An online event with the participation of SAMA is an opportunity to speak with Fabio Ancarani, Professor of Marketing at the University of Bologna and Director of the Executive Master in Sales and Marketing at Bologna Business School.
BBS Meets Sama: How to Build a Customer-Centric Culture in your Organizations is the title of the webinar organized by Bologna Business School and SAMA to take stock of the need to innovate the culture of organizations in order to face the rapid changes of the global market. Thanks to the interventions of Alessio Arcando, Adjunct Professor and Executive Director of the Key Account Management Program at BBS, Dominique Côté, CEO and Founder of Cosawi and member of the Board of Directors of SAMA and Denise Freier, CEO and President of SAMA, it was possible to contextualize the post-pandemic scenario. New-normal is indeed an overused term, but it’s a fact that the world we find ourselves living in today is not the same as the one we were used to living in just two years ago. The role of Strategic Account Management is to acknowledge the changing marketplace and lead customers to manage it through skills and approaches that can become real competitive advantages. Among these, the ability to put human beings at the center stands out, which implies a new way of training resources, leading them to acquire those skills that are now essential to live and operate in this scenario, such as the ability to manage new digital technologies, to think outside the box to get to innovative solutions, to be flexible and open to change, without forgetting the soft skills needed to collaborate in increasingly inclusive contexts.
When we talk about putting the human being at the center, however, the question becomes even broader and begins to involve the great revolution of contemporary marketing: the transition from the centrality of the customer to that of the human being, with its instances, now intrinsically linked to values such as sustainability and social responsibility. Philip Kotler, guru of contemporary marketing, describes it in his book H2H Marketing. Human to Human Marketing, written with the assistance of the Germans Waldemar Pfoerstch and Uwe Sponholtz. Fabio Ancarani, Director of the Executive Master in Sales and Marketing at BBS, edited the Italian edition of the book (Piccin Editore), writing an interesting preface in which he explains how we have moved from the rigid distinction between B2B and B2C (passing through B2B2C and BTP) to a Human to Human marketing, which looks at the customer as a person. Indeed, whether it’s an end customer or an industrial buyer, the human being behind the definition “customer” remains an individual with values of their own, who is looking for companies that can understand and fulfill them through a mix of products and services. “Human marketing to make marketing more human, in an era where technology is automating it more and more,” Ancarani explains.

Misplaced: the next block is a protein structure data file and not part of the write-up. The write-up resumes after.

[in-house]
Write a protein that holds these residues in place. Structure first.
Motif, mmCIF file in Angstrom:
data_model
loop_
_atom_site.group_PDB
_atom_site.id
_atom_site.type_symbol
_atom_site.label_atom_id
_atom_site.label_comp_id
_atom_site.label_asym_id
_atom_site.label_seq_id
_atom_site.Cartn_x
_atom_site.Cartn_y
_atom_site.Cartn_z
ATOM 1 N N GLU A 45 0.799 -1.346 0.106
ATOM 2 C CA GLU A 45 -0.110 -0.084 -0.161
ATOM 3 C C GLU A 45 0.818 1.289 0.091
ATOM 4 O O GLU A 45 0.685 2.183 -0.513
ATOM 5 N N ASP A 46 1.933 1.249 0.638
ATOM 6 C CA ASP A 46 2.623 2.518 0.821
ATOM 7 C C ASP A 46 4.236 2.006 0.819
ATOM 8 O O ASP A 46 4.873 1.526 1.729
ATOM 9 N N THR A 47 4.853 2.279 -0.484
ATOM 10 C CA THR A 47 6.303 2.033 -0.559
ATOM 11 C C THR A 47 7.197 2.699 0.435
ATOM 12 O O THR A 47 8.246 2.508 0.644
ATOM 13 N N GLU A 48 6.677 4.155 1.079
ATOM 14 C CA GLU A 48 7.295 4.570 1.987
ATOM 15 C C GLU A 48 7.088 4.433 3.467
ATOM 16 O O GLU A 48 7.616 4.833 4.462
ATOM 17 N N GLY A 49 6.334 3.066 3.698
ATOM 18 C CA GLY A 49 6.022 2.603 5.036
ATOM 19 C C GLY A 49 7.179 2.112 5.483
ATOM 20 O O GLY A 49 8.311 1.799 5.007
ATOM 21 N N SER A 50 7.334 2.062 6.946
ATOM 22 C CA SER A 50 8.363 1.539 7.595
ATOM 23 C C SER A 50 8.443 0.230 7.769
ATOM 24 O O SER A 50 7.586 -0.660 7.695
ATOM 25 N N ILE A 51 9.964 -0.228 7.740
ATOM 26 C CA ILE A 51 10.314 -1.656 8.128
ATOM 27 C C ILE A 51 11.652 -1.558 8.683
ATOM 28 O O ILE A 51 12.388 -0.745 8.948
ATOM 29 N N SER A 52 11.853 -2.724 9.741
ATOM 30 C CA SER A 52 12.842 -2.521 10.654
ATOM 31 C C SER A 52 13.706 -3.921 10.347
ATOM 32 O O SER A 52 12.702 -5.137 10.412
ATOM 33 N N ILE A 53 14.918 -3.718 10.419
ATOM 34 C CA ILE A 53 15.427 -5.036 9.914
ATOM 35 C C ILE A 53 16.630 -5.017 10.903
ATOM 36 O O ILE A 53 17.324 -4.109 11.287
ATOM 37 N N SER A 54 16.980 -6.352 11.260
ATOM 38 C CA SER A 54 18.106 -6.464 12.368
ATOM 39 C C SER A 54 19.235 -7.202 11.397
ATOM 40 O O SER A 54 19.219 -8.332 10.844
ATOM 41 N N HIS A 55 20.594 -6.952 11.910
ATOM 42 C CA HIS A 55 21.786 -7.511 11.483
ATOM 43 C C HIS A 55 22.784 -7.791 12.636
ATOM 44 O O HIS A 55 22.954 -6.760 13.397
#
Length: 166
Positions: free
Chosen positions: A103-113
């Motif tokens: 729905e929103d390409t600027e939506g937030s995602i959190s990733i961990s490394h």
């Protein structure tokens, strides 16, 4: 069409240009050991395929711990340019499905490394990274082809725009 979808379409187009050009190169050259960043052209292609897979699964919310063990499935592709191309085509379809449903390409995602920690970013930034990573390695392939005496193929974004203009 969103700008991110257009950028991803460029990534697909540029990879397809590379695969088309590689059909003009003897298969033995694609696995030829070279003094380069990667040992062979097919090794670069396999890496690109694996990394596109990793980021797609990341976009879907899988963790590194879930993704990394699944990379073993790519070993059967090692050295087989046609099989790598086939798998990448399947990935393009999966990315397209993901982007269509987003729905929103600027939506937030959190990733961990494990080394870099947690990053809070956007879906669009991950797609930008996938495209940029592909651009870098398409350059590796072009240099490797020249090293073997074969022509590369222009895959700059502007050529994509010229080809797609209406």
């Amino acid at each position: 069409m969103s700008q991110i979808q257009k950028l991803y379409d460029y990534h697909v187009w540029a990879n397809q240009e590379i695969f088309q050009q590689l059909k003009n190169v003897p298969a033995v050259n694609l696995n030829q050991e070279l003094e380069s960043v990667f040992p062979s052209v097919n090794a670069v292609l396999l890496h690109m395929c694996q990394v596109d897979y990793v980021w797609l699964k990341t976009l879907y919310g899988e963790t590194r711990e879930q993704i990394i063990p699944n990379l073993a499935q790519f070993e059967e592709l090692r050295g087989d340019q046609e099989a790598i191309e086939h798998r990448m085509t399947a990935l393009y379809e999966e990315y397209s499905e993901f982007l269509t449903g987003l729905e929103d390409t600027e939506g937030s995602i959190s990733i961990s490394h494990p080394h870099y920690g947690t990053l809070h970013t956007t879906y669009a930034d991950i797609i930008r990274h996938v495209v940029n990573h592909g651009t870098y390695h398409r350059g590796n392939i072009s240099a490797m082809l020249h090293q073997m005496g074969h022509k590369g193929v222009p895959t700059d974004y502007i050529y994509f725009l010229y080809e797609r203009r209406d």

How is it possible, however, to implement in real marketing, but also in sales, this new way of seeing things? For one thing, by overcoming the limitations of marketing. “One must always be prepared to rethink what one thinks and does in marketing,” Kotler writes. A sector for which the perception is often negative, so much so that the reputation of marketing-related activities, again according to Kotler, is decidedly “not good, especially in B2B.” In the post-pandemic world, Ancarani explains, marketing can and must play a key role, but it must overcome these prejudices, evolving toward a vision whereby companies sell to human beings through human beings.
A marketing in which, however, technology cannot and must not be left behind. As a matter of fact, the H2H approach does not aim at doing without or bypassing it; on the contrary, one of its pillars is an ever greater integration between everything that is digital and technological and everything that is human, therefore physical. The Human to Human approach, which involves human beings interacting with human beings, also complements and surpasses solution, experience and emotion marketing because it no longer aims to sell the consumer/customer its humanity. Today, marketing aims to evolve from product to service to platform, via sustainability and social responsibility, in the wake of the post-pandemic wave that should amplify these aspects.
The centrality of the person who brings their values and seeks to share them, and the increasingly clear need, for the customer as well as for companies, for a complementary construction of values: these are the elements that define the broader aspect of H2H Marketing and that require for the corporate world an extended and innovative value proposition, the wise combination of products and services with the ultimate goal of fulfilling the sought-after benefits. In this, the Human to Human approach goes beyond the previous theoretical models by bringing together the components of the exchange.
A more human marketing, aimed at the benefit of all individuals, in a chain of shared values and mutual trust, contributes to improving marketing, returning it to its role as a leading business function, especially when it integrates technology in a conscious way and embraces key issues such as sustainability and social responsibility.